On October 5, 2011 we lost a genius. Steve Jobs was undeniably best known as the co-founder, chairman, and chief executive officer of Apple, Inc. And he was also from a modern family. In the new biography, Steve Jobs, author Walter Isaacson reveals Jobs’ thoughts on being adopted and details his journey to uncover his birth parents.
Jobs was born on February 24, 1955 to unwed parents, Abdulfattah “John” Jandali and Joanne Carole Schieble. Both were graduates of University of Wisconsin. Jobs was placed for adoption at 10-months old, but in a strange twist, his parents then got married and had a daughter, Mona Simpson two years later. This is so bizarre to me. They were in a relationship. Got pregnant. Kept Jobs for almost a year. Gave him up. And then did everything the right way. Got married—then procreated. They divorced in 1962 and John lost touch with Mona who was just five at the time.
Jobs grew up in a working-class family; his father, Paul Jobs was a mechanic and his mother, Clara was an accountant. Asked in a 1995 interview what he wanted to pass on to his children, Jobs replied, “Just to try to be as good a father to them as my father was to me. I think about that every day of my life.” This is interesting considering Jobs himself denied a birth child he fathered. Oh yes, on May 17, 1978, when Jobs was 23, his high school girlfriend Brennan gave birth to a daughter, Lisa. Eventually, Jobs acknowledged paternity of his daughter despite she was raised by her mother on welfare. (That didn't stop her though. She went to Harvard and is a journalist who has been published in magazines, Vogue among them.) Full story here.
In 1986 Jobs met Lisa (she even lived with him) and went searching for his own biological parents. Isaacson writes: “There was a hole, he felt something was missing.” He tracked down Joanne and through her met Mona. The siblings developed a close relationship and together, decided to find their biological father. They found him to be managing a coffee shop in Sacremento, California. Jobs sent Mona to meet him alone. Over coffee John obviously told Mona how sorry he was for abandoning her and then revealed he had another child. Of course Mona knew this, but baited him a little. John said: “Who knows!” about his whereabouts and, nonchalantly, “We’ll never see him again!” The conversation changed. John told Mona he wished she could have seen him in his prime and boasted that he once ran a very successful restaurant—one that even Steve Jobs ate at. Mona pulled back in shock and just bit her tongue. John took this as Mona being impressed, so he said: “Yeah, he was a great tipper!” John had no clue Steve Jobs, the genius behind the world’s most valuable company was his son. Jobs revealed to Isaacson that he remembered the restaurant and shaking the owner’s hand, but that was all.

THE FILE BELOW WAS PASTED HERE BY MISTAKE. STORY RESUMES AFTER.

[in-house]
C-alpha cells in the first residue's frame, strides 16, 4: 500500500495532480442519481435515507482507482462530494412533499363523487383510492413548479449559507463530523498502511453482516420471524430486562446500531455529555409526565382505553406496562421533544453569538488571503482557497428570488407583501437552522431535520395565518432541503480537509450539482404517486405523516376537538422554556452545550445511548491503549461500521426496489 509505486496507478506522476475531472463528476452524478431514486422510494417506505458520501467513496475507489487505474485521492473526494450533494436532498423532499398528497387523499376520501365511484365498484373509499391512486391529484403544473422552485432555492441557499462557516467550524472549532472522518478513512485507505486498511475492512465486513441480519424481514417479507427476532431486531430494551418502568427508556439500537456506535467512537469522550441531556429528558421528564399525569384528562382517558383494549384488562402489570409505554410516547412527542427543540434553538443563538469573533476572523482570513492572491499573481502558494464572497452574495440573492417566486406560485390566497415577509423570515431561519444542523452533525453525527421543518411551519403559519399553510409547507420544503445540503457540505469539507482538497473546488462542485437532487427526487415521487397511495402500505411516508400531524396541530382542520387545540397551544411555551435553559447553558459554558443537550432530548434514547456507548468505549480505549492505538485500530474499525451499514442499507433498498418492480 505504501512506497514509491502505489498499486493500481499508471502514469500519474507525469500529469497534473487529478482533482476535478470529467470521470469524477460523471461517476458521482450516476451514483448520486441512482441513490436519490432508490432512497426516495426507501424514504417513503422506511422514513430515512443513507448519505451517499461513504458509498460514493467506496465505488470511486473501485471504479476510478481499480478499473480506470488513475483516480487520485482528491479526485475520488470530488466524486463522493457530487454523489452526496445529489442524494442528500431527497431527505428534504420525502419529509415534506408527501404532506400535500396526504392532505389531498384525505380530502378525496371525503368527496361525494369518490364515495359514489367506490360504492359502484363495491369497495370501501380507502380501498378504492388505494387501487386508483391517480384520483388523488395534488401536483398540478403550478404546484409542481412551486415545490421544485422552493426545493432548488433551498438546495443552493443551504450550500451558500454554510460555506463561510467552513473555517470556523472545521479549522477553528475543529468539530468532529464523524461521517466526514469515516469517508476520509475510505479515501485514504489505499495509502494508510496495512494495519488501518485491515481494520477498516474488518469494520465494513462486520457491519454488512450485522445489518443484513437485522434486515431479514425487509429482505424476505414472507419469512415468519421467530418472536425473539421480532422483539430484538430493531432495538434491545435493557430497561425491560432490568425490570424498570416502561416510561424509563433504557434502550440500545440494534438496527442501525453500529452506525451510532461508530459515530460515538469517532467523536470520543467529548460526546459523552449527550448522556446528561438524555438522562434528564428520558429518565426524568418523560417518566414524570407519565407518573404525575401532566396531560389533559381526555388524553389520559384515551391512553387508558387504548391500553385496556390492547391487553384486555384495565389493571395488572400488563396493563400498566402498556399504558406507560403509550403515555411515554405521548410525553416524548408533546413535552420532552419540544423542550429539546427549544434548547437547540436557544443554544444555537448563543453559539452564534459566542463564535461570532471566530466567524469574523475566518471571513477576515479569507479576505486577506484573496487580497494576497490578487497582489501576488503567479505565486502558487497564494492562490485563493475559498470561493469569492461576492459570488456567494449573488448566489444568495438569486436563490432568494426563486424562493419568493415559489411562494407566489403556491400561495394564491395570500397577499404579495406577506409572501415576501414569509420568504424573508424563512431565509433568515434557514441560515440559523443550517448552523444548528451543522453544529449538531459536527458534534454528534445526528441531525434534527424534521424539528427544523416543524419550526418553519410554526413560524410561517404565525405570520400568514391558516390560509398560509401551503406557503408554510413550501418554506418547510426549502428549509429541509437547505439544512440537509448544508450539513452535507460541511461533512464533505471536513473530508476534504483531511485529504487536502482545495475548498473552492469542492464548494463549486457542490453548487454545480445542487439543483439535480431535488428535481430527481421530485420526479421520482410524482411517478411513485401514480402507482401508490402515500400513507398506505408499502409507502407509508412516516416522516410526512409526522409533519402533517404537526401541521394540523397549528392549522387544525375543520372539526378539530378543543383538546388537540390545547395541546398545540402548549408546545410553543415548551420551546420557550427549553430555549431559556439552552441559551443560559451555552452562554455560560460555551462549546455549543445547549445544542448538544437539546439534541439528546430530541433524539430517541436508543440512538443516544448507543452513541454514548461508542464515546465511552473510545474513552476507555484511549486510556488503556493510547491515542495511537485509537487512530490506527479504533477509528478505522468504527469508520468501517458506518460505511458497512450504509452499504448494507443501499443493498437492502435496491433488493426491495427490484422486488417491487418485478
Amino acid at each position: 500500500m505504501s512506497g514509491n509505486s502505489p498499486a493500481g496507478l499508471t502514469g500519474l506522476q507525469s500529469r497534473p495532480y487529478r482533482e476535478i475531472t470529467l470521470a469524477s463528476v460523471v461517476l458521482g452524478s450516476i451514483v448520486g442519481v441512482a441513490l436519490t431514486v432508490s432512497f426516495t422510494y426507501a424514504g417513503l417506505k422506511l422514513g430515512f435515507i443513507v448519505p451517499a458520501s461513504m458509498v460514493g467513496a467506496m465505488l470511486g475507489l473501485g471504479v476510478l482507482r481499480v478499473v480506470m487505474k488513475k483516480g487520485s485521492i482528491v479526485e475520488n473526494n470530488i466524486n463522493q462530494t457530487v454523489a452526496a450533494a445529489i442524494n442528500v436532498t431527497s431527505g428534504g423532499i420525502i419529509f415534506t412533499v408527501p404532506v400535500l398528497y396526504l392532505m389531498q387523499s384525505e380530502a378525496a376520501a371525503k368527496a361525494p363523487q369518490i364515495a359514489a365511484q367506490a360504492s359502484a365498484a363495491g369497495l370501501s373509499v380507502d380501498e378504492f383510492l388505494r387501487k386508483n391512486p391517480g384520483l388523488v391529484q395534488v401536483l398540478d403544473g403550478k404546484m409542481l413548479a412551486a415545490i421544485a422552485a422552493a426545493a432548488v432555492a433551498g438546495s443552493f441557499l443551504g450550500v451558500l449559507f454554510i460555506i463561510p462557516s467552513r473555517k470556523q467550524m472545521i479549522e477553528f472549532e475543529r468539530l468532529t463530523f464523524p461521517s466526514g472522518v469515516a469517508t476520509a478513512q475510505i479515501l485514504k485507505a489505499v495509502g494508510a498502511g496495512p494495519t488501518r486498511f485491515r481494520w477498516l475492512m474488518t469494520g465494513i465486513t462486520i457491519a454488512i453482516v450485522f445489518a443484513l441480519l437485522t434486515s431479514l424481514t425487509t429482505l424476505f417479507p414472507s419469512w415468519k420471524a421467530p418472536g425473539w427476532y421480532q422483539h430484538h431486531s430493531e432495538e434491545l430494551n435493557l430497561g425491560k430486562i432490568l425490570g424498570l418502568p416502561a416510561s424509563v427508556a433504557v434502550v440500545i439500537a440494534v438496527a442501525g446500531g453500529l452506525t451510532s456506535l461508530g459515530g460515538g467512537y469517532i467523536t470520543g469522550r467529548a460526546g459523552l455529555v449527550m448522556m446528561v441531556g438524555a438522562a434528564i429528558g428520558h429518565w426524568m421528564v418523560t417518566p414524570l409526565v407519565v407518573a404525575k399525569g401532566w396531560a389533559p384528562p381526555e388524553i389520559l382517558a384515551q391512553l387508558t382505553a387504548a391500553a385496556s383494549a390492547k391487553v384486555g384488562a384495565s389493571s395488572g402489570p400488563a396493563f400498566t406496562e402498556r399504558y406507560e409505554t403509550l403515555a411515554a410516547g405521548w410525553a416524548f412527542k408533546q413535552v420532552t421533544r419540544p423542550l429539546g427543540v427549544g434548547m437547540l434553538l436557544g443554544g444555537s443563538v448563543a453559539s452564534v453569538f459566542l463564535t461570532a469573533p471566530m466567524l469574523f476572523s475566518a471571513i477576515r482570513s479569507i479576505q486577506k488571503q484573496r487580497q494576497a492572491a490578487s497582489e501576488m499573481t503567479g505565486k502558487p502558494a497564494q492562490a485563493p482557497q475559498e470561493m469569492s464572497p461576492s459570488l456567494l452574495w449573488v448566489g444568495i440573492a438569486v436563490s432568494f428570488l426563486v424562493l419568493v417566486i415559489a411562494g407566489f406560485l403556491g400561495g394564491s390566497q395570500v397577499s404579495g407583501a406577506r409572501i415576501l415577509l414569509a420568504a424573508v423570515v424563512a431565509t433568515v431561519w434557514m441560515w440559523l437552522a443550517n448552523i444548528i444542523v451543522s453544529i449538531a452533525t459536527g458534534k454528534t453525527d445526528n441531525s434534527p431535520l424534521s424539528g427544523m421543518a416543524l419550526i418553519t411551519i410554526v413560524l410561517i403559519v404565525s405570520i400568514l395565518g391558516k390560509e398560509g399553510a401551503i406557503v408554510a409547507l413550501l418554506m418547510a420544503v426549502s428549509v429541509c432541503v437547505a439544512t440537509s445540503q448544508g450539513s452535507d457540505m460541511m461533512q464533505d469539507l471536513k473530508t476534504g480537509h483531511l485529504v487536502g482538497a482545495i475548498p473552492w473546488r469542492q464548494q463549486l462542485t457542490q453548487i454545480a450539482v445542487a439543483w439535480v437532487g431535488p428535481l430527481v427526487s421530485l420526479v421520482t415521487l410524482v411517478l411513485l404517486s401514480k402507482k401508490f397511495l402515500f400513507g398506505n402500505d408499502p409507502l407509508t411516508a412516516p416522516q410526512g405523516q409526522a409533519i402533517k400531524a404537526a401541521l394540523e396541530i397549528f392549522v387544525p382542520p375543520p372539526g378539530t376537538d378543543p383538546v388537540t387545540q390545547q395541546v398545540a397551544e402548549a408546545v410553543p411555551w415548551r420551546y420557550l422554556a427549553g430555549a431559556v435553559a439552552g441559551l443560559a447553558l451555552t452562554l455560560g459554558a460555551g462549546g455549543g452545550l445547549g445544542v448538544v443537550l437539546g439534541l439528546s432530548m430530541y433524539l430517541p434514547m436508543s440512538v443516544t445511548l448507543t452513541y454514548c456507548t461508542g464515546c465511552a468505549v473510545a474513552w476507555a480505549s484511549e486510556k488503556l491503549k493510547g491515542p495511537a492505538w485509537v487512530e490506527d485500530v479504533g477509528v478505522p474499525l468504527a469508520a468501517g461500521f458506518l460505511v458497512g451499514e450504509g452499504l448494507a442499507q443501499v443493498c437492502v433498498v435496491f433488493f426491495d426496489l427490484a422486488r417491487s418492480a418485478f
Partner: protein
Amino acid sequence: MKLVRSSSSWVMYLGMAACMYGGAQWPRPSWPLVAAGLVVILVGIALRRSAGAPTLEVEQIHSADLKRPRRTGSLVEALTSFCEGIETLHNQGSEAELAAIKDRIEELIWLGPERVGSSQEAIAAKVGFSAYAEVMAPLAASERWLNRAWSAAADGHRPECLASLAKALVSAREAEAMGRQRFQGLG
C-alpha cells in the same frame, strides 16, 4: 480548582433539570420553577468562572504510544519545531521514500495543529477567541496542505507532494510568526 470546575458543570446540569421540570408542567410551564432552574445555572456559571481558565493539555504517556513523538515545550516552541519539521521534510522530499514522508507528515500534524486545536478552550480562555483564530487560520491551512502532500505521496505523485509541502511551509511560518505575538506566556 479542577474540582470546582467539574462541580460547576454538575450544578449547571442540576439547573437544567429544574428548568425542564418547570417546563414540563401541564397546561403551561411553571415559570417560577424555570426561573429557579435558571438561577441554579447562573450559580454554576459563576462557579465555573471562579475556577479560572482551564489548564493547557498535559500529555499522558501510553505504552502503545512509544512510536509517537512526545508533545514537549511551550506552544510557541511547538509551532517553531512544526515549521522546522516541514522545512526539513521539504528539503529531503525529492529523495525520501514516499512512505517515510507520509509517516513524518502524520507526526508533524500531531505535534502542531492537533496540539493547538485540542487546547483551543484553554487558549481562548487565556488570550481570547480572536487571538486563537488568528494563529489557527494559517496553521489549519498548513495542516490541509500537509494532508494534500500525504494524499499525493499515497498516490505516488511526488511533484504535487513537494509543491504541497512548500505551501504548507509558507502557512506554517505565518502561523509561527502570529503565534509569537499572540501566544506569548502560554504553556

Jobs respectively asked that Joanne and Mona not tell John anything about him. Jobs has said of his birth father: “I learned a little bit about him and I didn't like what I learned.” But with google, there is no doubt, John knows exactly who his son was. Shame.
As for the man that raised Jobs: “I was very lucky. My father, Paul, was a pretty remarkable man.” Jobs described both Paul and Clara as his parents and the people who changed the way he felt about being adopted. He went from feeling “abandoned” to “chosen.” Beautiful. I hope JD never feels abandoned. I hope he always knows just how wanted he was. I changed my entire world to bring him into it. I live for my child.
Thank you, Steve Jobs. Like the rest of the world, Apple has personally influenced my life and my immediate family’s. I wrote this blog on a Mac. One day, I will show it to JD, adding you to the long list of remarkable people that have succeeded with or without their biological father. Click here to listen to Jobs talk about his bio dad.